the candidate of which party would you vote for?"
 wording(income) <- "All things taken into account, how much do all
                   household members earn in sum?"
 foreach(x=c(vote,region),{
   measurement(x) <- "nominal"
   })
 measurement(income) <- "ratio"
 labels(vote) <- c(
                   Conservatives         =  1,
                   Labour                =  2,
                   "Liberal Democrats"   =  3,
                   "Don't know"          =  8,
                   "Answer refused"      =  9,
                   "Not applicable"      = 97,
                   "Not asked in survey" = 99)
 labels(region) <- c(
                   England               =  1,
                   Scotland              =  2,
                   Wales                 =  3,
                   "Not applicable"      = 97,
                   "Not asked in survey" = 99)
 foreach(x=c(vote,region,income),{
   annotation(x)["Remark"] <- "This is not a real survey item, of course ..."
   })
 missing.values(vote) <- c(8,9,97,99)
 missing.values(region) <- c(97,99)

 # These to variables do not appear in the
 # the resulting data set, since they have the wrong length.
 junk1 <- 1:5
 junk2 <- matrix(5,4,4)

})
Warning in within(Data, { :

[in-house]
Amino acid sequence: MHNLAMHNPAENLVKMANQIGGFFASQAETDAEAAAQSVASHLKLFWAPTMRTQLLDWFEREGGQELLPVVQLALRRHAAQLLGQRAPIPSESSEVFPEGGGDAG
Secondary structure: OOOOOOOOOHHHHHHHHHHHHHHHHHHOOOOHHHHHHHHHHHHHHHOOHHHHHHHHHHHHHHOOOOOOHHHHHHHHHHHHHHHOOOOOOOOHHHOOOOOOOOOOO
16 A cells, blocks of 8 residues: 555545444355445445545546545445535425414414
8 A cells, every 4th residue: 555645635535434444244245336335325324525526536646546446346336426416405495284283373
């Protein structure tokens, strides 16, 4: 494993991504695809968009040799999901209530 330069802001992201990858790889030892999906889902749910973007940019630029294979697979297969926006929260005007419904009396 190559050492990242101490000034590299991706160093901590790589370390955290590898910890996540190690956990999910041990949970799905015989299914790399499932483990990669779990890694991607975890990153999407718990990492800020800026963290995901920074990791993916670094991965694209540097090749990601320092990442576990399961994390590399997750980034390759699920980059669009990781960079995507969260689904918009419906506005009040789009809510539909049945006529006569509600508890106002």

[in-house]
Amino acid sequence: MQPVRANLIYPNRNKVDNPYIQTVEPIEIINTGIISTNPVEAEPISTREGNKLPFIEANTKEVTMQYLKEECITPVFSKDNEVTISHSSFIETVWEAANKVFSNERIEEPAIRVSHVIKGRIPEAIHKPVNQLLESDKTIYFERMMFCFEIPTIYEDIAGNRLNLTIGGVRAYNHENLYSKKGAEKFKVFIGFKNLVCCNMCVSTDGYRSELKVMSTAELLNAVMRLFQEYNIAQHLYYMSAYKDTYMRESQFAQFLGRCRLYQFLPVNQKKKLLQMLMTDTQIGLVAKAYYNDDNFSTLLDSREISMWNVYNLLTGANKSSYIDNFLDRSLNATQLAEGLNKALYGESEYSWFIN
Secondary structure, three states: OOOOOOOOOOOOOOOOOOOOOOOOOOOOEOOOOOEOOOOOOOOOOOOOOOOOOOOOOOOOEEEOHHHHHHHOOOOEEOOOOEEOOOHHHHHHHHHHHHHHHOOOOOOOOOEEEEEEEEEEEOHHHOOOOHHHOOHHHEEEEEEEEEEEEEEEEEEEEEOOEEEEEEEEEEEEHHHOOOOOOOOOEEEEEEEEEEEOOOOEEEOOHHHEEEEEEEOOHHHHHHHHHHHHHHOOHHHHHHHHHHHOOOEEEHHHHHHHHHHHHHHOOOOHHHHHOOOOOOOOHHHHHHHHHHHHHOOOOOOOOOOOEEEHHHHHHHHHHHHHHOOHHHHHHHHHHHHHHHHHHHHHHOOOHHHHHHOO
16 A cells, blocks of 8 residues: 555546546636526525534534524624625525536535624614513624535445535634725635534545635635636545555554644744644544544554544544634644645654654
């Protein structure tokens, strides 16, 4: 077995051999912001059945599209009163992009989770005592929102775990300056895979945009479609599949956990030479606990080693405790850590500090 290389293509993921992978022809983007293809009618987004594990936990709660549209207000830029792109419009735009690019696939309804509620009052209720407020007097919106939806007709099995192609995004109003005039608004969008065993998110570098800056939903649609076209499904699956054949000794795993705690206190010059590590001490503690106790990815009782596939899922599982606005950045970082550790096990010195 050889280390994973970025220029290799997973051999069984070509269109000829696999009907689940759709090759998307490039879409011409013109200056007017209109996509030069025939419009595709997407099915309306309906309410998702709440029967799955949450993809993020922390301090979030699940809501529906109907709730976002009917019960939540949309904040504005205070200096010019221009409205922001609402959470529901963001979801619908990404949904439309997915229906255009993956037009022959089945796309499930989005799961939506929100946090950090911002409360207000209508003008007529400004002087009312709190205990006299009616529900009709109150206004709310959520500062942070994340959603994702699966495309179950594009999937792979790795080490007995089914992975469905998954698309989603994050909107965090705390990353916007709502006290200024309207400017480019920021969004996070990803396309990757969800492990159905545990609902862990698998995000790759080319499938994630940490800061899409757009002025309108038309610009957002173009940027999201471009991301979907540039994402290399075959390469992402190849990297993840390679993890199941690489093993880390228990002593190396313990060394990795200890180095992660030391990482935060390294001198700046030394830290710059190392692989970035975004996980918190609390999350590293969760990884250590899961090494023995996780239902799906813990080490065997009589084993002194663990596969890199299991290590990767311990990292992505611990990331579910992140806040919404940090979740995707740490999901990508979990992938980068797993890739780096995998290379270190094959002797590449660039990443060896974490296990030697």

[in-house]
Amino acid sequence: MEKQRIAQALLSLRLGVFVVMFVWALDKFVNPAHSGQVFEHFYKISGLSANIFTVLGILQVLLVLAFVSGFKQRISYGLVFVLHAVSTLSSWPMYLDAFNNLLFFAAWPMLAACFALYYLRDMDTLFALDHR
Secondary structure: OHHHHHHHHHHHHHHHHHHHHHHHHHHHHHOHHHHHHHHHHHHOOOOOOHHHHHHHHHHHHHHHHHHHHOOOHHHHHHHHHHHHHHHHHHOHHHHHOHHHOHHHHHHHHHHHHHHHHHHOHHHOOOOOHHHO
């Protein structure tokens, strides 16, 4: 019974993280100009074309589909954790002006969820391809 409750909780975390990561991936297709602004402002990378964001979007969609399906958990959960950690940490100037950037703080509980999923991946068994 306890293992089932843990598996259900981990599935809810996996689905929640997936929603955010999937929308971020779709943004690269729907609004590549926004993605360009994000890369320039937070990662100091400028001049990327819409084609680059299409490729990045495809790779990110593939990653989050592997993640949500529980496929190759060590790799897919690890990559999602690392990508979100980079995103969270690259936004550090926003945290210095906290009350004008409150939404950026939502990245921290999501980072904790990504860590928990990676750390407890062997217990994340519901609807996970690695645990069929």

Variables 'junk1','junk2' have wrong length, removing them.
# Since data sets may be huge, only a
# part of them are 'show'n
Data
Data set with 300 observations and 3 variables

                   vote               region    income
 1 *Not asked in survey              England 1333.4413
 2               Labour              England 4078.4325
 3      *Not applicable              England 1700.6438
 4        Conservatives              England 5491.5934
 5    Liberal Democrats              England 1793.2672
 6      *Answer refused *Not asked in survey 2812.0151
 7 *Not asked in survey              England 2035.1048
 8        Conservatives              England 1359.4642
 9 *Not asked in survey             Scotland 1257.2907
10      *Not applicable                Wales 2154.1364
11 *Not asked in survey              England 4988.3709
12    Liberal Democrats *Not asked in survey 3284.0083
13               Labour                Wales  761.7126
14        Conservatives              England 4238.8204
15          *Don't know             Scotland 1974.9022
16               Labour             Scotland 2335.7966
17      *Answer refused             Scotland 3996.2648
18          *Don't know                Wales 5894.6863
19    Liberal Democrats                Wales 1804.0887
20 *Not asked in survey             Scotland 6329.8199
21          *Don't know                Wales 2728.0786
22               Labour              England 3855.4560
23 *Not asked in survey *Not asked in survey 1451.7798
24 *Not asked in survey                Wales  919.0701
25          *Don't know              England 1458.9798
(25 of 300 observations shown)
# If we insist on seeing all, we can use 'print' instead
print(Data)

str(Data)
Data set with 300 obs. of 3 variables:
$ vote : Nmnl. item w/ 7 labels for 1,2,3,... + ms.v.  num 99 2 97 1 3 9 99 1
  99 97 ...
$ region: Nmnl. item w/ 5 labels for 1,2,3,... + ms.v.  num 1 1 1 1 1 99 1 1 2
  3 ...